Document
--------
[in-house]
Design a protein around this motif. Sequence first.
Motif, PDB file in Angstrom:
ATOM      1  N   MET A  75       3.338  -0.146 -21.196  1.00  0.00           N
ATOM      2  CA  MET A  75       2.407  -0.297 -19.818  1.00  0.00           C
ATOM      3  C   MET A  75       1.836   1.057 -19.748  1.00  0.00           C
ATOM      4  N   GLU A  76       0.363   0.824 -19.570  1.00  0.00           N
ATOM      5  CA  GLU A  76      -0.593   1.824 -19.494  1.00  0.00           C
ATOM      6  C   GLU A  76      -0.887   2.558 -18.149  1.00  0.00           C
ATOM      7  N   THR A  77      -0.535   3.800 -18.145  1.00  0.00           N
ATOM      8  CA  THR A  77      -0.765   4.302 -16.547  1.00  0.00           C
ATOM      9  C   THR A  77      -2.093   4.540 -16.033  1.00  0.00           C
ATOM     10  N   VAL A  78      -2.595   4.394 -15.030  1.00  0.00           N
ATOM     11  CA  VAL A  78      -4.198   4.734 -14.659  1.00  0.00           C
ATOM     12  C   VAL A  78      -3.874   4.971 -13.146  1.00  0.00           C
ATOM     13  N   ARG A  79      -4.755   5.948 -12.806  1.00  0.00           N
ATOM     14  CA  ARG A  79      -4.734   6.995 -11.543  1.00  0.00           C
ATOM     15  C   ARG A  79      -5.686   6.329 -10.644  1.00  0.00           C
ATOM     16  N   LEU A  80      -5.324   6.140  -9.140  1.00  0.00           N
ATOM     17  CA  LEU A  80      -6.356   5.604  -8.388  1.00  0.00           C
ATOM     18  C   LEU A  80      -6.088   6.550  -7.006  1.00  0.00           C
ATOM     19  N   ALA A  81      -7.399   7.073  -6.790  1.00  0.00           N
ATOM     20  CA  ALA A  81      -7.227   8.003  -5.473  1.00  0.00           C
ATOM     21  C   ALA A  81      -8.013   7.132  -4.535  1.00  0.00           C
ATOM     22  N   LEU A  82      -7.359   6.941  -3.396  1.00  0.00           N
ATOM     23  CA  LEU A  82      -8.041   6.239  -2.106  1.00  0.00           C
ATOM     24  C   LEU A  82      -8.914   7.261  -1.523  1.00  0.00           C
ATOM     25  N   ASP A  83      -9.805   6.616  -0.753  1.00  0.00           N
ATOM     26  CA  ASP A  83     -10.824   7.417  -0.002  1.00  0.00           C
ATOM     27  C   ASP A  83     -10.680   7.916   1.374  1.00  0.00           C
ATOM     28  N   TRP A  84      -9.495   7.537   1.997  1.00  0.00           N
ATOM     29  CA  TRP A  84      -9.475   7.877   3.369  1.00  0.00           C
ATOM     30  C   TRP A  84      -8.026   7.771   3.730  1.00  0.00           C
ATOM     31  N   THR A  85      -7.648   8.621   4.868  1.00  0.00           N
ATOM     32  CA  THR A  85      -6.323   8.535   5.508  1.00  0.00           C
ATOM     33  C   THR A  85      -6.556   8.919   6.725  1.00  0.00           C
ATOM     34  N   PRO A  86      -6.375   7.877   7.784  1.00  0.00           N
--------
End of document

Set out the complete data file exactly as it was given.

[in-house]
Design a protein around this motif. Sequence first.
Motif, PDB file in Angstrom:
ATOM      1  N   MET A  75       3.338  -0.146 -21.196  1.00  0.00           N
ATOM      2  CA  MET A  75       2.407  -0.297 -19.818  1.00  0.00           C
ATOM      3  C   MET A  75       1.836   1.057 -19.748  1.00  0.00           C
ATOM      4  N   GLU A  76       0.363   0.824 -19.570  1.00  0.00           N
ATOM      5  CA  GLU A  76      -0.593   1.824 -19.494  1.00  0.00           C
ATOM      6  C   GLU A  76      -0.887   2.558 -18.149  1.00  0.00           C
ATOM      7  N   THR A  77      -0.535   3.800 -18.145  1.00  0.00           N
ATOM      8  CA  THR A  77      -0.765   4.302 -16.547  1.00  0.00           C
ATOM      9  C   THR A  77      -2.093   4.540 -16.033  1.00  0.00           C
ATOM     10  N   VAL A  78      -2.595   4.394 -15.030  1.00  0.00           N
ATOM     11  CA  VAL A  78      -4.198   4.734 -14.659  1.00  0.00           C
ATOM     12  C   VAL A  78      -3.874   4.971 -13.146  1.00  0.00           C
ATOM     13  N   ARG A  79      -4.755   5.948 -12.806  1.00  0.00           N
ATOM     14  CA  ARG A  79      -4.734   6.995 -11.543  1.00  0.00           C
ATOM     15  C   ARG A  79      -5.686   6.329 -10.644  1.00  0.00           C
ATOM     16  N   LEU A  80      -5.324   6.140  -9.140  1.00  0.00           N
ATOM     17  CA  LEU A  80      -6.356   5.604  -8.388  1.00  0.00           C
ATOM     18  C   LEU A  80      -6.088   6.550  -7.006  1.00  0.00           C
ATOM     19  N   ALA A  81      -7.399   7.073  -6.790  1.00  0.00           N
ATOM     20  CA  ALA A  81      -7.227   8.003  -5.473  1.00  0.00           C
ATOM     21  C   ALA A  81      -8.013   7.132  -4.535  1.00  0.00           C
ATOM     22  N   LEU A  82      -7.359   6.941  -3.396  1.00  0.00           N
ATOM     23  CA  LEU A  82      -8.041   6.239  -2.106  1.00  0.00           C
ATOM     24  C   LEU A  82      -8.914   7.261  -1.523  1.00  0.00           C
ATOM     25  N   ASP A  83      -9.805   6.616  -0.753  1.00  0.00           N
ATOM     26  CA  ASP A  83     -10.824   7.417  -0.002  1.00  0.00           C
ATOM     27  C   ASP A  83     -10.680   7.916   1.374  1.00  0.00           C
ATOM     28  N   TRP A  84      -9.495   7.537   1.997  1.00  0.00           N
ATOM     29  CA  TRP A  84      -9.475   7.877   3.369  1.00  0.00           C
ATOM     30  C   TRP A  84      -8.026   7.771   3.730  1.00  0.00           C
ATOM     31  N   THR A  85      -7.648   8.621   4.868  1.00  0.00           N
ATOM     32  CA  THR A  85      -6.323   8.535   5.508  1.00  0.00           C
ATOM     33  C   THR A  85      -6.556   8.919   6.725  1.00  0.00           C
ATOM     34  N   PRO A  86      -6.375   7.877   7.784  1.00  0.00           N